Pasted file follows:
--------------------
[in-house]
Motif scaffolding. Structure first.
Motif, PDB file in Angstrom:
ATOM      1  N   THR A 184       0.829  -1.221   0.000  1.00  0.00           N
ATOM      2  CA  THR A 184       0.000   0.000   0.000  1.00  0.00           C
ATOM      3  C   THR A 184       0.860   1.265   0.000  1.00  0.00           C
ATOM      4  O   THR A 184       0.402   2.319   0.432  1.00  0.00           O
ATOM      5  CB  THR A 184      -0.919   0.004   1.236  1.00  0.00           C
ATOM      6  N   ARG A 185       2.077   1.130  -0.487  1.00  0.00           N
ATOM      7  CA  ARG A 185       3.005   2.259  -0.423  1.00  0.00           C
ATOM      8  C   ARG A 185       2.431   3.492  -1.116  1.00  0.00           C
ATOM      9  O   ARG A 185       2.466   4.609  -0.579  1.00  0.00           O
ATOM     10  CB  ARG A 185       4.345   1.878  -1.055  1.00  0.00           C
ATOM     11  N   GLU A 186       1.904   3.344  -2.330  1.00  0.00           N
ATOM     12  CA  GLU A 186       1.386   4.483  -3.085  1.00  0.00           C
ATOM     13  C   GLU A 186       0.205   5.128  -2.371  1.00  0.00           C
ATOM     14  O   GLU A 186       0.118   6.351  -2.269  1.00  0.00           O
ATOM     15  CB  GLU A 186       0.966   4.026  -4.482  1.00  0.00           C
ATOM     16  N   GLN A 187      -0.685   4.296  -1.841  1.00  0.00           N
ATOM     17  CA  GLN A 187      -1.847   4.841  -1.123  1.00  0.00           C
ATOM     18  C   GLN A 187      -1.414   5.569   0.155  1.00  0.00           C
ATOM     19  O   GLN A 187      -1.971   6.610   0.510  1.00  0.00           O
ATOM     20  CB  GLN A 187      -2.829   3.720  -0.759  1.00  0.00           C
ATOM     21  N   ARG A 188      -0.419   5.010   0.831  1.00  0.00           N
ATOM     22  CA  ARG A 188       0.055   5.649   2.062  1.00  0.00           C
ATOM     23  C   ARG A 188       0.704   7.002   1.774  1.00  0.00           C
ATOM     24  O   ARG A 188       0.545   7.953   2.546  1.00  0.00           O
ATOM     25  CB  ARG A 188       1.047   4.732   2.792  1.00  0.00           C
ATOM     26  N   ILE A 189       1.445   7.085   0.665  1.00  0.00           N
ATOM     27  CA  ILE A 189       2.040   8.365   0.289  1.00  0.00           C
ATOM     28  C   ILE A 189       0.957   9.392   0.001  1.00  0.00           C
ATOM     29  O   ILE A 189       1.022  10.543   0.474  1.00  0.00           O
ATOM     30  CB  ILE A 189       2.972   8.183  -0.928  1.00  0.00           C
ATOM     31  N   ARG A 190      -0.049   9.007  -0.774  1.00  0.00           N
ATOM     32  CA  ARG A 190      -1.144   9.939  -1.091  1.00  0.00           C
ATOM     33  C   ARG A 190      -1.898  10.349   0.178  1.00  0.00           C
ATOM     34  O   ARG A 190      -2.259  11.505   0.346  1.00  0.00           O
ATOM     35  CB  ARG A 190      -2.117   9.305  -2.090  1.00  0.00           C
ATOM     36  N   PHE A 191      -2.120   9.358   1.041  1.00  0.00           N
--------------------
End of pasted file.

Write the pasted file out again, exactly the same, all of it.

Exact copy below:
[in-house]
Motif scaffolding. Structure first.
Motif, PDB file in Angstrom:
ATOM      1  N   THR A 184       0.829  -1.221   0.000  1.00  0.00           N
ATOM      2  CA  THR A 184       0.000   0.000   0.000  1.00  0.00           C
ATOM      3  C   THR A 184       0.860   1.265   0.000  1.00  0.00           C
ATOM      4  O   THR A 184       0.402   2.319   0.432  1.00  0.00           O
ATOM      5  CB  THR A 184      -0.919   0.004   1.236  1.00  0.00           C
ATOM      6  N   ARG A 185       2.077   1.130  -0.487  1.00  0.00           N
ATOM      7  CA  ARG A 185       3.005   2.259  -0.423  1.00  0.00           C
ATOM      8  C   ARG A 185       2.431   3.492  -1.116  1.00  0.00           C
ATOM      9  O   ARG A 185       2.466   4.609  -0.579  1.00  0.00           O
ATOM     10  CB  ARG A 185       4.345   1.878  -1.055  1.00  0.00           C
ATOM     11  N   GLU A 186       1.904   3.344  -2.330  1.00  0.00           N
ATOM     12  CA  GLU A 186       1.386   4.483  -3.085  1.00  0.00           C
ATOM     13  C   GLU A 186       0.205   5.128  -2.371  1.00  0.00           C
ATOM     14  O   GLU A 186       0.118   6.351  -2.269  1.00  0.00           O
ATOM     15  CB  GLU A 186       0.966   4.026  -4.482  1.00  0.00           C
ATOM     16  N   GLN A 187      -0.685   4.296  -1.841  1.00  0.00           N
ATOM     17  CA  GLN A 187      -1.847   4.841  -1.123  1.00  0.00           C
ATOM     18  C   GLN A 187      -1.414   5.569   0.155  1.00  0.00           C
ATOM     19  O   GLN A 187      -1.971   6.610   0.510  1.00  0.00           O
ATOM     20  CB  GLN A 187      -2.829   3.720  -0.759  1.00  0.00           C
ATOM     21  N   ARG A 188      -0.419   5.010   0.831  1.00  0.00           N
ATOM     22  CA  ARG A 188       0.055   5.649   2.062  1.00  0.00           C
ATOM     23  C   ARG A 188       0.704   7.002   1.774  1.00  0.00           C
ATOM     24  O   ARG A 188       0.545   7.953   2.546  1.00  0.00           O
ATOM     25  CB  ARG A 188       1.047   4.732   2.792  1.00  0.00           C
ATOM     26  N   ILE A 189       1.445   7.085   0.665  1.00  0.00           N
ATOM     27  CA  ILE A 189       2.040   8.365   0.289  1.00  0.00           C
ATOM     28  C   ILE A 189       0.957   9.392   0.001  1.00  0.00           C
ATOM     29  O   ILE A 189       1.022  10.543   0.474  1.00  0.00           O
ATOM     30  CB  ILE A 189       2.972   8.183  -0.928  1.00  0.00           C
ATOM     31  N   ARG A 190      -0.049   9.007  -0.774  1.00  0.00           N
ATOM     32  CA  ARG A 190      -1.144   9.939  -1.091  1.00  0.00           C
ATOM     33  C   ARG A 190      -1.898  10.349   0.178  1.00  0.00           C
ATOM     34  O   ARG A 190      -2.259  11.505   0.346  1.00  0.00           O
ATOM     35  CB  ARG A 190      -2.117   9.305  -2.090  1.00  0.00           C
ATOM     36  N   PHE A 191      -2.120   9.358   1.041  1.00  0.00           N